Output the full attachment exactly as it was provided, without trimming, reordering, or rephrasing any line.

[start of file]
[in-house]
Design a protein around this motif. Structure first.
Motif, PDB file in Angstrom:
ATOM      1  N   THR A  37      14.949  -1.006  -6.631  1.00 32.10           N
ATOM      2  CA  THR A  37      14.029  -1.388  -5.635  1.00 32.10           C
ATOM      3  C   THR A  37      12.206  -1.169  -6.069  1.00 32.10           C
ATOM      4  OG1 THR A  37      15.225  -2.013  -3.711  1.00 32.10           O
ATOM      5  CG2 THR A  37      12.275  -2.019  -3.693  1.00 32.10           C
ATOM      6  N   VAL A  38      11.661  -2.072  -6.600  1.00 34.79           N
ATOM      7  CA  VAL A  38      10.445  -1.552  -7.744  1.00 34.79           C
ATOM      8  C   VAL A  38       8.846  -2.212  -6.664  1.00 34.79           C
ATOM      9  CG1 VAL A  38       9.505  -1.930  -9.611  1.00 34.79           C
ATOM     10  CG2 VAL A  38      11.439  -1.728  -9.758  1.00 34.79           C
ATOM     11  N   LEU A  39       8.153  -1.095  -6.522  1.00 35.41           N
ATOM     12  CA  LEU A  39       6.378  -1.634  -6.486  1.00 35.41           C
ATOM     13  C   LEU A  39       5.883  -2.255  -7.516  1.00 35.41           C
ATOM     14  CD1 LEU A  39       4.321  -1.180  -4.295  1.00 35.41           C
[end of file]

[in-house]
Design a protein around this motif. Structure first.
Motif, PDB file in Angstrom:
ATOM      1  N   THR A  37      14.949  -1.006  -6.631  1.00 32.10           N
ATOM      2  CA  THR A  37      14.029  -1.388  -5.635  1.00 32.10           C
ATOM      3  C   THR A  37      12.206  -1.169  -6.069  1.00 32.10           C
ATOM      4  OG1 THR A  37      15.225  -2.013  -3.711  1.00 32.10           O
ATOM      5  CG2 THR A  37      12.275  -2.019  -3.693  1.00 32.10           C
ATOM      6  N   VAL A  38      11.661  -2.072  -6.600  1.00 34.79           N
ATOM      7  CA  VAL A  38      10.445  -1.552  -7.744  1.00 34.79           C
ATOM      8  C   VAL A  38       8.846  -2.212  -6.664  1.00 34.79           C
ATOM      9  CG1 VAL A  38       9.505  -1.930  -9.611  1.00 34.79           C
ATOM     10  CG2 VAL A  38      11.439  -1.728  -9.758  1.00 34.79           C
ATOM     11  N   LEU A  39       8.153  -1.095  -6.522  1.00 35.41           N
ATOM     12  CA  LEU A  39       6.378  -1.634  -6.486  1.00 35.41           C
ATOM     13  C   LEU A  39       5.883  -2.255  -7.516  1.00 35.41           C
ATOM     14  CD1 LEU A  39       4.321  -1.180  -4.295  1.00 35.41           C